The terrorists who have targeted Tunisia’s tourism industry will fail to derail the north African country’s slow but steady recovery from the recession induced by its 2011 revolution, analysts believe.
The slaughter of 38 foreign tourists in the resort of Sousse in late June and an attack on the Bardo Museum in March that left 23 people dead are, of course, primarily a human tragedy.
However, amid a warning from the UK government on Thursday that a further attack was “highly likely” and that British tourists should leave, the damage has a clear knock-on effect on Tunisia’s economy.
Despite this, analysts covering the country remain reasonably upbeat. Arnaud Louis, a director in the sovereigns group at Fitch Ratings, still forecasts economic growth of 1.9 per cent this year, even if that is below the 2.3 per cent recorded last year and Fitch’s earlier forecast of 2.8 per cent growth in 2015.
A more upbeat Jason Tuvey, Middle East economist at Capital Economics, still sees growth rising to about 4 per cent in 2016-17, double the average rate since 2011.
“While the hit to tourism is likely to keep growth relatively subdued this year, further ahead signs of political progress and the onset of economic reforms should support a pick-up in activity,” says Mr Tuvey.
In 2014, tourism directly accounted for 7.4 per cent of Tunisia’s gross domestic product, according to the World Travel & Tourism Council.
This is, however, less than in the years preceding the revolution — which saw notoriously kleptocratic dictator Zine el-Abidine Ben Ali toppled in one of the first acts of the Arab uprising — when it typically topped 9 per cent. Tourist numbers, which fell sharply in 2011, are yet to return to their highs of 7m a year.
However, the tourism sector’s contribution to Tunisia’s gross domestic product rises to 15.2 per cent when indirect effects, such as from investment, the supply chain and “income induced” impacts, are factored in, says the WTTC.
Tunisia has the 48th largest tourism sector relative to GDP in the world, behind Mediterranean neighbours Morocco and Greece but ahead of Spain, Egypt and Italy.
Using this broader measure, the sector also accounts for 12 per cent of employment, about 500,000 jobs, and 9 per cent of current account receipts ($2.1bn in 2014).
Mr Tuvey accepts that, given the terror attacks have been specifically aimed at visitors, they are likely to “deal a hammer blow” to Tunisia’s tourism sector.
Yet he holds out hope that the reversal may prove short lived, noting that Egypt saw a 40 per cent fall in tourist arrivals after 62 people, mainly tourists, were killed in an attack in Luxor in 1997, yet saw arrivals return to their previous peak in less than two years.
But any further attacks may make it harder for Tunisia to recover. Moreover Tunisia’s sun, sea and sand seekers could relatively easily get their fix elsewhere, a harder task for those transfixed by Egypt’s pyramids.
Mr Louis warns that “a material increase in security-related, social or political instability would put negative pressure” on the BB minus sovereign rating Fitch ascribes to the country, two notches into non-investment grade and four notches below the BBB rating Tunisia enjoyed before the revolution, an unusually precipitous fall.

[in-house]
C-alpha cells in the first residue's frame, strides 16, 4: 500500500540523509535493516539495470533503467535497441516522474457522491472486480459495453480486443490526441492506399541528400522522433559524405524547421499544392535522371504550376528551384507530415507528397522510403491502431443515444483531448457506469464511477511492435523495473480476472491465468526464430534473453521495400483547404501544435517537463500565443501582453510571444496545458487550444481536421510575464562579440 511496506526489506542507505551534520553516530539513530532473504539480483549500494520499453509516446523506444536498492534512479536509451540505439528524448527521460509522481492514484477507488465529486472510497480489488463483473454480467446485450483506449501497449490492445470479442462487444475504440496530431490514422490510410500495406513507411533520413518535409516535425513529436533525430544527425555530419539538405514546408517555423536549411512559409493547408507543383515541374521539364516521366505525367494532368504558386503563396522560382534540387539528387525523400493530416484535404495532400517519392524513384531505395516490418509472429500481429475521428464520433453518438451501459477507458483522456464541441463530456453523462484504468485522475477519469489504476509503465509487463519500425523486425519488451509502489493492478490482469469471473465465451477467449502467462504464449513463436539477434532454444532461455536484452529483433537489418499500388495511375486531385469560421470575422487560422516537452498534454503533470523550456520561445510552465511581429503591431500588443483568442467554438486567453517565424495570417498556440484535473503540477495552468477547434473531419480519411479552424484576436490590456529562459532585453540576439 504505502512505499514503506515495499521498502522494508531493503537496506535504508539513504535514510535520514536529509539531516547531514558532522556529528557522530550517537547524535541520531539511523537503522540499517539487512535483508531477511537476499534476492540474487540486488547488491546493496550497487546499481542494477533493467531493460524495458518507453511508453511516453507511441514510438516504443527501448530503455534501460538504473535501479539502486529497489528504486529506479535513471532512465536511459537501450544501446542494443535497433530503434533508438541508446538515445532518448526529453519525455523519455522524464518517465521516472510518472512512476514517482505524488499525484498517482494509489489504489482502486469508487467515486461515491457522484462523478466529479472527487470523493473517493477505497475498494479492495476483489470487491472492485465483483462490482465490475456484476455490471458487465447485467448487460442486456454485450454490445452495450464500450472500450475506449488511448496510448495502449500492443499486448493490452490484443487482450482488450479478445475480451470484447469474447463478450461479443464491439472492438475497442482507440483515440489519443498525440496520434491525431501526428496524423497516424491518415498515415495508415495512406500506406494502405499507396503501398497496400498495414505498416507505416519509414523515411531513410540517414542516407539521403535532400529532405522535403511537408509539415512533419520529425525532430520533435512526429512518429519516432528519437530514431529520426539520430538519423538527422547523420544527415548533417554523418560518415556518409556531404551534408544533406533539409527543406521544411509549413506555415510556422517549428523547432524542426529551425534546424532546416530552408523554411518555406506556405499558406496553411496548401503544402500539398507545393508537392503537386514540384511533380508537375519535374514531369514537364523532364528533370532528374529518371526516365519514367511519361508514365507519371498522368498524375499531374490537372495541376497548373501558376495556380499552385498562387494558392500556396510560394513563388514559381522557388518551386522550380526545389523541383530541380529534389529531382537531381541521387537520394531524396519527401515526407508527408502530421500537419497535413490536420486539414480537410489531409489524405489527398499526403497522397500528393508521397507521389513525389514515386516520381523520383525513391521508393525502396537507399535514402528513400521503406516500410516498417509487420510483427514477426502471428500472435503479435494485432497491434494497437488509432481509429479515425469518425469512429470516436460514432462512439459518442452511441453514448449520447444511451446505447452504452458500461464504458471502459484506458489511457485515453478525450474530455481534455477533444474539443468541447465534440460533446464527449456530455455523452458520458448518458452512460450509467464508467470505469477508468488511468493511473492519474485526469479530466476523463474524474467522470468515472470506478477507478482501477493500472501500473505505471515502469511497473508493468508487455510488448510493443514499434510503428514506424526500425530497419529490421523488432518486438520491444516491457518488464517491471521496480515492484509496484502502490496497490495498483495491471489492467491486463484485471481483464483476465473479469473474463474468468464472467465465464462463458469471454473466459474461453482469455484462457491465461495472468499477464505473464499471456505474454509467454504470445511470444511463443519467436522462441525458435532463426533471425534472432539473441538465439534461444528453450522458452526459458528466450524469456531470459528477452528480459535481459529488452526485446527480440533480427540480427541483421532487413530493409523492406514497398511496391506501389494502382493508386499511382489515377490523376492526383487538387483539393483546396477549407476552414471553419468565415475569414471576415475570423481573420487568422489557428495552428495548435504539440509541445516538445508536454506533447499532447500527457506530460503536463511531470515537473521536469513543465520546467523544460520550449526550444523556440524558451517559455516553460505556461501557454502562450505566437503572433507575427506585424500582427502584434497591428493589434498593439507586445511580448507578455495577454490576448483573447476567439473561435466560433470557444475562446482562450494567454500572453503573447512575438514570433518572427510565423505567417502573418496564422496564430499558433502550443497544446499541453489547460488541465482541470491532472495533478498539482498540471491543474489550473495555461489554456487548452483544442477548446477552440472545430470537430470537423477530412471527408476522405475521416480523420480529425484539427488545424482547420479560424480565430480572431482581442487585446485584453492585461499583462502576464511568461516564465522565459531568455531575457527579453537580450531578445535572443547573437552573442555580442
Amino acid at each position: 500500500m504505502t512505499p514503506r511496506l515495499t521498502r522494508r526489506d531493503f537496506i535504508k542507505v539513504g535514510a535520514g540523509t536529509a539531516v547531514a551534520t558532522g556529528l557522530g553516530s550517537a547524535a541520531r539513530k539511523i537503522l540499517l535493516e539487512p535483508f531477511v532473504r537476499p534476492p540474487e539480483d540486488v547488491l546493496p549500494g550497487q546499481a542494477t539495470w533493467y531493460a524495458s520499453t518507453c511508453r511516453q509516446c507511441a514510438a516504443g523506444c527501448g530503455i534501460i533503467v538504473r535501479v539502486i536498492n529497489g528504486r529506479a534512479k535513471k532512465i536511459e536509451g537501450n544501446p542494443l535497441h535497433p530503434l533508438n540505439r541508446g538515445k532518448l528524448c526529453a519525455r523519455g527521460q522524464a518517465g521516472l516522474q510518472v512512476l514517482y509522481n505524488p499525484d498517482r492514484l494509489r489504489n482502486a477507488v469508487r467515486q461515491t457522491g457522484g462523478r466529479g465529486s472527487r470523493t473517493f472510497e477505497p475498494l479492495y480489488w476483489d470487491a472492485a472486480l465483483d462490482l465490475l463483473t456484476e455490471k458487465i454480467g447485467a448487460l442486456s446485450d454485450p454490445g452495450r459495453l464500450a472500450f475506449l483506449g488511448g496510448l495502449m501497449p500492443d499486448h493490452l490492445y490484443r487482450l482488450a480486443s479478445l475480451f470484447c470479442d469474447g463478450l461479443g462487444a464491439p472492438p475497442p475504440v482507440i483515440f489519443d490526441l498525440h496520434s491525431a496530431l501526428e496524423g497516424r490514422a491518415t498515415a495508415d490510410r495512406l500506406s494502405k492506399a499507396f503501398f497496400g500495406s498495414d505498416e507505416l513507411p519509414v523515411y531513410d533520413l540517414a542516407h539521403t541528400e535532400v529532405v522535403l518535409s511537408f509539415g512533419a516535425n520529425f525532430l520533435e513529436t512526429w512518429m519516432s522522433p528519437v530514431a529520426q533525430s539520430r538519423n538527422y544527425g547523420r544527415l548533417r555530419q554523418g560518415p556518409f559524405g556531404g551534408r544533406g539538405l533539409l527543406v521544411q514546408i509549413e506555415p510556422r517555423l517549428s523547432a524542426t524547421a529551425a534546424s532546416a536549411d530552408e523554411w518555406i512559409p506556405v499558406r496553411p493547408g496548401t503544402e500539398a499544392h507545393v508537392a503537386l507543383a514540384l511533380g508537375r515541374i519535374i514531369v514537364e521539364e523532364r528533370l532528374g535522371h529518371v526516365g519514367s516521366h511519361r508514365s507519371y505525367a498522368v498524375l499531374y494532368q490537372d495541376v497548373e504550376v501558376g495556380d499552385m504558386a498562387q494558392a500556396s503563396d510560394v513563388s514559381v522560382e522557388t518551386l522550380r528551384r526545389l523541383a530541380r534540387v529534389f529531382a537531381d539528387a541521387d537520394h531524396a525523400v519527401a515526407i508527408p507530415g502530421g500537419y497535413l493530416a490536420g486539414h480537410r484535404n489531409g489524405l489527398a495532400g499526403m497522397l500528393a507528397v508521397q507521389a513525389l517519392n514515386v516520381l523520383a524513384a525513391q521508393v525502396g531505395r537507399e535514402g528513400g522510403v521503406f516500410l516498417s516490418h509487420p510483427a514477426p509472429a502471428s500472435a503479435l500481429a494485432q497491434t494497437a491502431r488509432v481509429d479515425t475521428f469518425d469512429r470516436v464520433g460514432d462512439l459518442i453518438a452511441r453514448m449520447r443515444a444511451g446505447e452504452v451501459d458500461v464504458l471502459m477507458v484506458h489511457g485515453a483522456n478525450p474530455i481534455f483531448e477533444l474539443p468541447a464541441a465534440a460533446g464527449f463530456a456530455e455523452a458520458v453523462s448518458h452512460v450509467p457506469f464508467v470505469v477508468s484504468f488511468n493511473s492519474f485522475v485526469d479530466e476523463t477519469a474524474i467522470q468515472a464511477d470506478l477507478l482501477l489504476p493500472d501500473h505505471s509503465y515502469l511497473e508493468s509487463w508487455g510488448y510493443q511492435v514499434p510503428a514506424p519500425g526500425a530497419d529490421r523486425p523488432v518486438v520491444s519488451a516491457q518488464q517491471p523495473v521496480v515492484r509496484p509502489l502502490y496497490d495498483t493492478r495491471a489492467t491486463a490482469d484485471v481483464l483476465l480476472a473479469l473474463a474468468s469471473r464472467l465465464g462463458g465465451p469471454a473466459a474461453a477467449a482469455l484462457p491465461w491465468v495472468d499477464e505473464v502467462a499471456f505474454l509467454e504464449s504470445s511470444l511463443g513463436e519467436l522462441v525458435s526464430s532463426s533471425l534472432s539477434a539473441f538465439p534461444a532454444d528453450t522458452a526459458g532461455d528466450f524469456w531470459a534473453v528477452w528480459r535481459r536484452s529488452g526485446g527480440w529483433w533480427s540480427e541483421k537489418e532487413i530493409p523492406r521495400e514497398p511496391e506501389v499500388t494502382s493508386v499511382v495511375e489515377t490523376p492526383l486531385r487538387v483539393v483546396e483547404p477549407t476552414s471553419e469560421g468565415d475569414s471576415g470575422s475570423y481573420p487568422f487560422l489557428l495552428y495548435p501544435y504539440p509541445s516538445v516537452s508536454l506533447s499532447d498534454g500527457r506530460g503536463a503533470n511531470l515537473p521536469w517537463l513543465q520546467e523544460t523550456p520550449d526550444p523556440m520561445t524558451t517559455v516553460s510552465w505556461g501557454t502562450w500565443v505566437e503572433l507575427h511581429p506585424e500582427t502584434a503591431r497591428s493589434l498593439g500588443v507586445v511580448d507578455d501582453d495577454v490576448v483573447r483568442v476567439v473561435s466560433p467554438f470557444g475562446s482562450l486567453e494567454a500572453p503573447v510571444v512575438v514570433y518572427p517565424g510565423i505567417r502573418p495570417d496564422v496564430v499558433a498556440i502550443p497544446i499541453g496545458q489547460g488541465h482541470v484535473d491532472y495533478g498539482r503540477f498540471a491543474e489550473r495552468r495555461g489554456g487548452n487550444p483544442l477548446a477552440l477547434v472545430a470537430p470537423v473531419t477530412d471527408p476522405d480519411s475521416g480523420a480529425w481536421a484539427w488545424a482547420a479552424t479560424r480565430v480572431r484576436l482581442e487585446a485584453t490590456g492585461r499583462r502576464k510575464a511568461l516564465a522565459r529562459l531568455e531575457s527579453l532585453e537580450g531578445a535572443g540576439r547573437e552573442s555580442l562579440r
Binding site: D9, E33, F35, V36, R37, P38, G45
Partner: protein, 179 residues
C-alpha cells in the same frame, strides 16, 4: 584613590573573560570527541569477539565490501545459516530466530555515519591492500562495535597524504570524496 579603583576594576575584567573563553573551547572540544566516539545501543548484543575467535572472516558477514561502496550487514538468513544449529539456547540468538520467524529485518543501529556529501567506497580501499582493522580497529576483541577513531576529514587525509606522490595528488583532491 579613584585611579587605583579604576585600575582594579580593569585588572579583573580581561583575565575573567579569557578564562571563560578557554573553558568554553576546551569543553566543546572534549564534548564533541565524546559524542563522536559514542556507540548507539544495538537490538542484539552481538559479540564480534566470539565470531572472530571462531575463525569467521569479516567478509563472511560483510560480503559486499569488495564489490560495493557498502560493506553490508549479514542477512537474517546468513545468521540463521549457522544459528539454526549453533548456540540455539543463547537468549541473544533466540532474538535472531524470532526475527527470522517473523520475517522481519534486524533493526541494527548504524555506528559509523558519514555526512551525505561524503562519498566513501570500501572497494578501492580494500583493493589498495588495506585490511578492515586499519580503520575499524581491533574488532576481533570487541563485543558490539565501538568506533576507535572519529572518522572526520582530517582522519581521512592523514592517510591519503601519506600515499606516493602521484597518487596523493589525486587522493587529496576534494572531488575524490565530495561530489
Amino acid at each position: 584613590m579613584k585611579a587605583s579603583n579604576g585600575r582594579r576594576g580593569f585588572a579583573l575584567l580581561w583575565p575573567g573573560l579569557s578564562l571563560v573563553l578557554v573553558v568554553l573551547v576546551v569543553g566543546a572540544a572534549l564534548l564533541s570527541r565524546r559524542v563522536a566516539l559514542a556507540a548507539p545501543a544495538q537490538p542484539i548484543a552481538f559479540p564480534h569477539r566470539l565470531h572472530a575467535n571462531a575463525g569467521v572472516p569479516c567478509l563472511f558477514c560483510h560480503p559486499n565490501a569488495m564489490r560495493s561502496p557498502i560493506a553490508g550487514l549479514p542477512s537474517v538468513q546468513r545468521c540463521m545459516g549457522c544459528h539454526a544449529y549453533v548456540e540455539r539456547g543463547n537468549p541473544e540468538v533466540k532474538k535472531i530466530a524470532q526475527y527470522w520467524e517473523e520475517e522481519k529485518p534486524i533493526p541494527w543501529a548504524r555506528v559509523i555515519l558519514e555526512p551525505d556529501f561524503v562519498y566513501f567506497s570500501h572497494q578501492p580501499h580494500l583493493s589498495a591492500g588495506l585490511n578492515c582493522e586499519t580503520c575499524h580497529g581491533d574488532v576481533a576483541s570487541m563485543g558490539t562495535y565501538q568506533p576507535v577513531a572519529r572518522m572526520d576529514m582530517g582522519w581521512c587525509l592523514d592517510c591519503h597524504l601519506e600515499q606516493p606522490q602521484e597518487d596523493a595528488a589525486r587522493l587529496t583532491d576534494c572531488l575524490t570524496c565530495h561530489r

Despite this, Mr Louis stands by Fitch’s decision to upgrade Tunisia’s outlook from negative to stable in March.
“As long as we don’t see a risk of politics becoming unstable, I think the rating would be fairly resilient at that level,” he says.
Indeed, Mr Louis’s relative optimism, and that of Mr Tuvey, stems from elections in December that delivered a broad coalition government seemingly committed to growth-enhancing structural reforms.
“The government has made the right noises about much-needed economic reforms. It has announced plans to push ahead with subsidy cuts, seen as vital to putting the public finances on a more sustainable footing,” says Mr Tuvey.
Mr Louis welcomes proposed improvements to Tunisia’s investment code and bank restructuring regime, as well as fiscal reforms required by the International Monetary Fund. While the need to ensure a “social and political consensus” could mean implementation is slow, he believes the effects will begin to be felt by 2016.
Hopes for a smooth transition to democratic stability were reflected in $4bn of orders for a $1bn 10-year bond the government got away at a 5.875 per cent yield in January.
Lower oil prices are also seen as helping Tunis narrow its twin current account and budget deficits.
As to where growth might come from, Mr Tuvey says Tunisia has the scope to copy neighbouring Morocco, which has set itself up as a manufacturing hub for Europe, attracting the likes of Renault, the French carmaker.
In particular, with eastern Europe becoming relatively wealthy by emerging market standards, he foresees jobs being transferred to lower wage economies in north Africa, particularly Tunisia, given that it probably has a better education system than Morocco or Egypt.
Mr Louis also sees Morocco, with its tax-free zones, as a model for Tunisia to follow, while the establishment of a bad bank to remove non-performing loans from the banking system has probably become more crucial, given the likely impairment of some of the loans made to the tourism sector.
Whatever happens in the coming weeks and months, though, one constant is likely to be that Europe and the US will continue to offer financial, economic and political support to a country seen by many as the sole success story of the Arab uprising.
Source: The Financial Times